In one of his letters Saint Paul sums it up well: Jesus Christ he tells us “is the image of the invisible God”. What this means is that when we listen to the words of Jesus we are listening to the words of God spoken to us in a way we can understand. When we see Jesus in all kinds of encounters with different people, and see how he deals with them, we are seeing, expressed in a human way so that we can understand it easily, the way in which God deals with us. And because the words of Jesus, and the actions of Jesus, enable us to catch a glimpse of his mind and heart – because they reveal what is really important to him – then we are being given a glimpse into the mind and heart of God and are being helped to understand what is really important to God.

It is very important I think for all of us to keep this in mind each time we pick up the gospels or hear them read at Mass. A good question we might carry with us is this: what kind of man must Jesus have been to be able to speak like, this, or act like this? And as we reflect on these questions and think about them more deeply we are not just discovering what kind of man Jesus was, and is – we are discovering what kind of God we believe in. This is what it means to say that Jesus was both true God and true man – in his humanity, his human characteristics, we are being drawn into the profound mystery of God, and especially of how God sees us, and loves us.

As we think of today’s gospel, then, we see that Jesus is a man moved very deeply by compassion for people who suffer. When the man with leprosy says to him, “Lord, if you want to you can cure me” Jesus responds immediately from the heart: “Of course I want to - be cured”. There is no doubt, no putting things off, no finding excuses: Jesus just responds – and responds with great compassion,

There is something else interesting about this story. Jesus tells the man not to share his story with anyone but the Jewish priests, but the man ignores Jesus and begins telling everyone who will listen. We can understand his enthusiasm and his need to tell others about his good fortune, but we might also understand if Jesus were to be frustrated and disappointed by the man’s failure to do as he asked. There is no hint in the gospel story however of Jesus being upset or put out because of the inconvenience the man has caused him, much less any sense that Jesus seeks him out to rebuke him. Instead Jesus simply accepts what has happened and adjusts his plans accordingly. There is a serenity and a peace about Jesus which is very striking.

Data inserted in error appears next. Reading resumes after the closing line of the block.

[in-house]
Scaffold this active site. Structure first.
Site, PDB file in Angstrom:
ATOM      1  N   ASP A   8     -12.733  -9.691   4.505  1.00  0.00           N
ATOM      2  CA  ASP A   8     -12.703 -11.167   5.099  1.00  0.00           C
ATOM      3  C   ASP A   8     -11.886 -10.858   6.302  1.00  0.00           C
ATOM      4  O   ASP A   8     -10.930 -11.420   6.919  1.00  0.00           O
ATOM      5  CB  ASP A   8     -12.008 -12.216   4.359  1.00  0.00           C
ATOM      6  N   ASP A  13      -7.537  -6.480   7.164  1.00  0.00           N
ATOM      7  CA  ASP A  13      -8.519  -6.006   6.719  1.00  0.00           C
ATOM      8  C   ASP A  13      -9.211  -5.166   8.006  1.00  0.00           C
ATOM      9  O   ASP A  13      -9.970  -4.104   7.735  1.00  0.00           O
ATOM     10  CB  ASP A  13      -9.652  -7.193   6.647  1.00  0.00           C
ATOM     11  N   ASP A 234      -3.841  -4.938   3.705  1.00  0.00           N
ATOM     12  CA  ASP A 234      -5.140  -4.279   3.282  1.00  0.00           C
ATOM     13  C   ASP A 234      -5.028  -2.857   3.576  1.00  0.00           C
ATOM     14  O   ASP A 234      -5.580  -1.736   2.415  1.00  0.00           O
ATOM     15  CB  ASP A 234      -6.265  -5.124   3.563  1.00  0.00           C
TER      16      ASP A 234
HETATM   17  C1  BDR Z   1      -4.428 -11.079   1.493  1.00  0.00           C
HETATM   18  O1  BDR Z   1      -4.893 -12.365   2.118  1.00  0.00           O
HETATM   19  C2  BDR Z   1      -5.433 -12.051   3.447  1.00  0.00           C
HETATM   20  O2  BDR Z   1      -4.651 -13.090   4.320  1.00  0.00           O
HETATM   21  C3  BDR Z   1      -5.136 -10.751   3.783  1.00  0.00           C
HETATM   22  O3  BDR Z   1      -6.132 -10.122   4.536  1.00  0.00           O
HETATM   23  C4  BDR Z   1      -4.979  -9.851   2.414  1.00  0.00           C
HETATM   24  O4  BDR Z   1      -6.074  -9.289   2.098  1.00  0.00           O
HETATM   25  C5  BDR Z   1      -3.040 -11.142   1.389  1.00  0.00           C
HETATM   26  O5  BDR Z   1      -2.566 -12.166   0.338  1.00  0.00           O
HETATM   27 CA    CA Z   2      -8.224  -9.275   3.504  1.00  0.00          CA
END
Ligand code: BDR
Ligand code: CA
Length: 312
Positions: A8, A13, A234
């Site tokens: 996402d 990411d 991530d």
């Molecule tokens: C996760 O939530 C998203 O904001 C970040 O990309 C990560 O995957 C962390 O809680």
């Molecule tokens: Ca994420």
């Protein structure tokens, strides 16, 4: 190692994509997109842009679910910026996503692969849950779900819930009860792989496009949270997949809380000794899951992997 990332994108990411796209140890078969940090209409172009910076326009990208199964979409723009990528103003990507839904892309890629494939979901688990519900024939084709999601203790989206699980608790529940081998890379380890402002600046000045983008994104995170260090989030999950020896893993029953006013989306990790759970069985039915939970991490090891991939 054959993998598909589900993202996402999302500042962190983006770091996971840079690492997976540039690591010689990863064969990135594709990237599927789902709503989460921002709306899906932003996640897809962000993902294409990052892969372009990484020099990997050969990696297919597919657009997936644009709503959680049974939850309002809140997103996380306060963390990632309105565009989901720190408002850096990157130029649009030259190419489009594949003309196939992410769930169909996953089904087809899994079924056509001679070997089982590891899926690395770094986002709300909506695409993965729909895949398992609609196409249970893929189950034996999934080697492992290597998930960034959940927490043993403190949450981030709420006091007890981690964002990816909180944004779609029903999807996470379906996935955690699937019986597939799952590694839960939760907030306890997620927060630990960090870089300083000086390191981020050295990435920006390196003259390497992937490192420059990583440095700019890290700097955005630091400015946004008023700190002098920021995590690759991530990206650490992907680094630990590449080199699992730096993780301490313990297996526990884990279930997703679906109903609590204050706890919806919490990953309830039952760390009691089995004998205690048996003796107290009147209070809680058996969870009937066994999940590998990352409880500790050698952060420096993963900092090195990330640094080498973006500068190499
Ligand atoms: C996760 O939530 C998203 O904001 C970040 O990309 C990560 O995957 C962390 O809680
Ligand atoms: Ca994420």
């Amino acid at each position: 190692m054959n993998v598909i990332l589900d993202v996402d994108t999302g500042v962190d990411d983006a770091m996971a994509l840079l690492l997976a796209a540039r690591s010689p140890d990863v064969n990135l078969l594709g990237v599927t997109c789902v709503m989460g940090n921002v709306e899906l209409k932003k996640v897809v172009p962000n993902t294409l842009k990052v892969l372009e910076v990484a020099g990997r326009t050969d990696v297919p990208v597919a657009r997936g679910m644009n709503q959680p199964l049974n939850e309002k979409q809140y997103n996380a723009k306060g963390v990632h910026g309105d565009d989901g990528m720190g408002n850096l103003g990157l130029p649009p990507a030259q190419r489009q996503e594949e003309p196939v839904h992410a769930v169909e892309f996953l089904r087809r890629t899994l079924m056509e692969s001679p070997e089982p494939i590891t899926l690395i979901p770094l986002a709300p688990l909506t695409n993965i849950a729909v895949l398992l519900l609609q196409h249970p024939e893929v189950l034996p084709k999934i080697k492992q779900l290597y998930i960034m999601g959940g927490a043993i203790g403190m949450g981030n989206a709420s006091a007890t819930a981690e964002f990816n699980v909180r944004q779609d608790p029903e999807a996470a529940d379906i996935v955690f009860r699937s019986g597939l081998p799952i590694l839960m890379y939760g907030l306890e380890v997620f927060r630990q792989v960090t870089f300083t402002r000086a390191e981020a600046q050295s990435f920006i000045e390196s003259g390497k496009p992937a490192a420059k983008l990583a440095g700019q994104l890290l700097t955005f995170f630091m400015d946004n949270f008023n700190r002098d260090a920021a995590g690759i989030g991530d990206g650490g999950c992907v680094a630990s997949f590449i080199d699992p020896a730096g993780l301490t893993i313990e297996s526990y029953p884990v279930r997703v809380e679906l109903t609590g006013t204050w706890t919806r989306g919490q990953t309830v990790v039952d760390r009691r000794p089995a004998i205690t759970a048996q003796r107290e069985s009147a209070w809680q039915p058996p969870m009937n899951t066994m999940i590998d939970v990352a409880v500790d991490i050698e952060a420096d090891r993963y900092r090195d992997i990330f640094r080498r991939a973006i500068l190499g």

We may not be suffering the disease of leprosy but each one of us also carries wounds and scars. We may be suffering the disease of anger, or of bitterness, or of forgiveness, or of g reed. What today’s gospel assures us of is this: if we can find within ourselves the courage to bring our frailty, our brokenness and our failure to the Lord he will welcome us with the same compassion, the same understanding, and the same generous love with which he welcomed the leper. In him we will meet the God who calls to us and who offers us forgiveness, life and hope. He will help us, and heal us, in the ways that he knows are best for us – and these may be different from the ways we are looking for. But we can be sure that God, who in Jesus revels himself as a God of endless compassion and love, will not walk away from us, or leave us to our own devices.

All we have to do is come to him – with honesty, with humility and with hope – just as the leper did in today’s gospel. The question for each of us today is: am I ready to do this?